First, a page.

The decision by a couple of Australians to join Greg Norman’s breakaway tour could have severe repercussions at home.
The Australian Open and PGA could be forced to ban the defending champions in both events later this year if the DP World Tour follows through on threats of penalties for players who signed with Greg Norman‘s LIV golf tour.
Reigning Australian Open champion Matt Jones and PGA winner Jed Morgan were among the first 42 players who signed on to play in the opening $35m event in London later this month.
Jones, who won the last Australian Open in 2019, confirmed he had signed on for “multiple events” with LIV Golf.
In the immediate aftermath, the PGA Tour, of which Jones is a member, reiterated that players who had not gained the necessary release to play, and none were given, could be subject to disciplinary action.
“As communicated to our entire membership on May 10, PGA Tour members have not been authorised to participate in the Saudi Golf League’s London event under PGA tournament regulations,” the PGA Tour said in a statement.
“Members who violate the tournament regulations are subject to disciplinary action.”
The DP World Tour, formerly the European Tour, also denied releases for players and, while yet to confirm penalties for those who signed with LIV, bans have been speculated.
Given both the Australian Open and PGA are co-sanctioned events, the ramifications for Jones and Morgan could hit their ability to defend their titles. It’s understood Golf Australia will fall into line with whatever actions the DP World Tour takes.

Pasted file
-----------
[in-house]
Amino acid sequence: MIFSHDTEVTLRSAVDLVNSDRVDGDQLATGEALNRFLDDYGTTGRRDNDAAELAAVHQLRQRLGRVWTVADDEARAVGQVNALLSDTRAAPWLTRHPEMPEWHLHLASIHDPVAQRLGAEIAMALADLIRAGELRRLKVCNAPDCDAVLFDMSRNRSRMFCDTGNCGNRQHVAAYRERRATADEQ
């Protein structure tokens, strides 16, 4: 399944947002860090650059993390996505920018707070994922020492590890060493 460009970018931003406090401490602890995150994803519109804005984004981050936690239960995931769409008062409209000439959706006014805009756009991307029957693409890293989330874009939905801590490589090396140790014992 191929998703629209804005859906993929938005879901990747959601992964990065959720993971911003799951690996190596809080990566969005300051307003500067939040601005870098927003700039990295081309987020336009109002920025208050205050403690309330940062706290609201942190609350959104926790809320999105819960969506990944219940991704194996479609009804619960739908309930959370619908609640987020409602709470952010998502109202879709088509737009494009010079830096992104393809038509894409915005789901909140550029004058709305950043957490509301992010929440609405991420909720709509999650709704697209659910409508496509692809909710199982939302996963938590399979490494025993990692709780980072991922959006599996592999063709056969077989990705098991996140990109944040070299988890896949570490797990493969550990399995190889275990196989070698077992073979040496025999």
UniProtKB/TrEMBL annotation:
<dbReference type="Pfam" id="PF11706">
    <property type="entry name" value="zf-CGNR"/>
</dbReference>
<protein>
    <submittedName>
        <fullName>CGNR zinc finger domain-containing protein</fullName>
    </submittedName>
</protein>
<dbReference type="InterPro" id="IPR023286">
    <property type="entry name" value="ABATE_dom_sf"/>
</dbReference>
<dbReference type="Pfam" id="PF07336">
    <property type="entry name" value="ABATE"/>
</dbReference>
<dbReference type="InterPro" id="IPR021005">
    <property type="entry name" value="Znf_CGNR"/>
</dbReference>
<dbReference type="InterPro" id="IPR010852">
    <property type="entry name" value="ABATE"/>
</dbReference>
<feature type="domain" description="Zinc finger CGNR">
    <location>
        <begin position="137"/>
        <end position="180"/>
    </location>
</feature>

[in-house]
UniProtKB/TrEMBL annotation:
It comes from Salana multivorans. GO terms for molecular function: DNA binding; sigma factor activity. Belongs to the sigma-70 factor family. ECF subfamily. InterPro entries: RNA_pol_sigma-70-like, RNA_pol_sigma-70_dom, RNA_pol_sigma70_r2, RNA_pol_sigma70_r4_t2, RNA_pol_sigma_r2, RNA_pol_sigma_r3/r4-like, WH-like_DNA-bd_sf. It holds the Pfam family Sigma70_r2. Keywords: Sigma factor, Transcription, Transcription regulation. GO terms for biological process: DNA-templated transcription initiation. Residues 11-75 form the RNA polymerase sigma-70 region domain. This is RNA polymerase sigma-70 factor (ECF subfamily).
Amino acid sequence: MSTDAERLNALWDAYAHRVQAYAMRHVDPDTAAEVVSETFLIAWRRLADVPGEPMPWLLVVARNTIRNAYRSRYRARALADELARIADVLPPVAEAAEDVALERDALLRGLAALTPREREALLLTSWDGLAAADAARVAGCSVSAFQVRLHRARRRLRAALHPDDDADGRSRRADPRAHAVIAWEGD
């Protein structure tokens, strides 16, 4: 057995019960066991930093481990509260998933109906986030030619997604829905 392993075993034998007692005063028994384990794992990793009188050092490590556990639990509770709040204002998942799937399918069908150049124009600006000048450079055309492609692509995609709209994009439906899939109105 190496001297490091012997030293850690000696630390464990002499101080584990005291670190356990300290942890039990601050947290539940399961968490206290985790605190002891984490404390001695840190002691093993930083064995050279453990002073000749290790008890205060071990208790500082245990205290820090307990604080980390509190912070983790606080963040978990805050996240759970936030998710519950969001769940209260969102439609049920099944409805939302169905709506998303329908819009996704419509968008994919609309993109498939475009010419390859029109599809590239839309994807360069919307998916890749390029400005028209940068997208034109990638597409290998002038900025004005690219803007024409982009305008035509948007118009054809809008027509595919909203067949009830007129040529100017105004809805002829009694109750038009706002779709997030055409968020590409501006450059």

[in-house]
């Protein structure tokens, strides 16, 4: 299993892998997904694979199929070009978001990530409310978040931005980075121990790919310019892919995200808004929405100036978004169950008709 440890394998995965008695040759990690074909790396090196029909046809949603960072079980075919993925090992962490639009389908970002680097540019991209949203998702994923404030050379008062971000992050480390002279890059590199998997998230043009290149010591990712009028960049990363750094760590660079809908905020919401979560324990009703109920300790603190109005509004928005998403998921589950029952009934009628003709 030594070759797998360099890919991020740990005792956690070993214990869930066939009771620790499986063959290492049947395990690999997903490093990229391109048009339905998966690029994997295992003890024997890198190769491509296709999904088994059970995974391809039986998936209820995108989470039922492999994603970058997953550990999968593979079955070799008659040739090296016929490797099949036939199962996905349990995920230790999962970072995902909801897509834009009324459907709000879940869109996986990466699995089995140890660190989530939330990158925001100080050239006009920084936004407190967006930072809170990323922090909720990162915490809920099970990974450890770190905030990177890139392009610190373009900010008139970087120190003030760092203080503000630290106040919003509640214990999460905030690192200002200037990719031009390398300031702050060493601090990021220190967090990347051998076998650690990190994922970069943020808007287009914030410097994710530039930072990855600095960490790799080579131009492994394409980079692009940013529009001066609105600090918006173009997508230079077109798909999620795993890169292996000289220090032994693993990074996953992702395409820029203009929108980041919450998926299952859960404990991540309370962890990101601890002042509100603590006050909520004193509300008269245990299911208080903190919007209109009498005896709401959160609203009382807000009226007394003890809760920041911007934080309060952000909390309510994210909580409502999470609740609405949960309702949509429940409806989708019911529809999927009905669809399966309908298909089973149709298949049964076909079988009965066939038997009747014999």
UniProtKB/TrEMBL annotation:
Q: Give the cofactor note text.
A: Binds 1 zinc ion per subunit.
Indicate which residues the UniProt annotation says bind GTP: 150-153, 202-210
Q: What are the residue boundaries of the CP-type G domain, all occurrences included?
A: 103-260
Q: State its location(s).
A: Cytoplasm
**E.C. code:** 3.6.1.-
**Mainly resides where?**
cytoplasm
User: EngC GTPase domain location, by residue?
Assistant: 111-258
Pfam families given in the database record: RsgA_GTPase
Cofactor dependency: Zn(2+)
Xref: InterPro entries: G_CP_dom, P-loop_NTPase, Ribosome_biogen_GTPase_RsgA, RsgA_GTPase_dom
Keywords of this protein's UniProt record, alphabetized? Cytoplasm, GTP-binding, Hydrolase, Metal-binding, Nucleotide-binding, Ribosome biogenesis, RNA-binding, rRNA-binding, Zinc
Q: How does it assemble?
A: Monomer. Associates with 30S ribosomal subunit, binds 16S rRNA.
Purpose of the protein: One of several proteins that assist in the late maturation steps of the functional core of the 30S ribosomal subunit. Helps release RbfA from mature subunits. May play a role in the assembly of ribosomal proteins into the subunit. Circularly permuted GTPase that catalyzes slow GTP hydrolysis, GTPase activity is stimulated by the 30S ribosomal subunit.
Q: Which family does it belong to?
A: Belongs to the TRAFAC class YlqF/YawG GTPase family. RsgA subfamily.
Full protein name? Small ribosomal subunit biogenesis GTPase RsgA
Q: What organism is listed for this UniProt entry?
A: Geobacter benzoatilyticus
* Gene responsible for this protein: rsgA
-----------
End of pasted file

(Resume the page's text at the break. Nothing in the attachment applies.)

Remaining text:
In defending his decision to join the LIV golf tour, Jones said banning players from tours was “not good for golf”.
“I don’t think banning players from playing on the PGA Tour as independent contractors is very good for golf. It’s not a good look for anyone,” he said.
“I understand the tour wants to protect their players and the product they have out here, but I don’t think that’s a good way to go about it.”
Norman has consistently declared that no tour had the right to ban players and insisted he would throw the full legal weight of his Saudi-backed tour behind any court challenges.
Despite his opposition to the LIV tour, former world No.1 Rory McIlroy softened his stance on those players who chose to play and suggested bans were too harsh.
“I certainly don’t think they should drop the hammer,” McIlroy said.
”Look, they are well within their rights to enforce the rules and regulations that have been set. It’s going to end up being an argument about what those rules and regulations are.”
Jones, the world No.68 who is playing the PGA Tour event in Ohio this week, conceded he didn’t know what would happen to players involved in the LIV event.
“I have no idea in regards to what the PGA Tour is going to do, whether it’s suspending, fining, whatever,” he said.
“My next tour stop is … I don’t know when it is, to be honest with you.
“We’ll see. We’ll find out what happens.”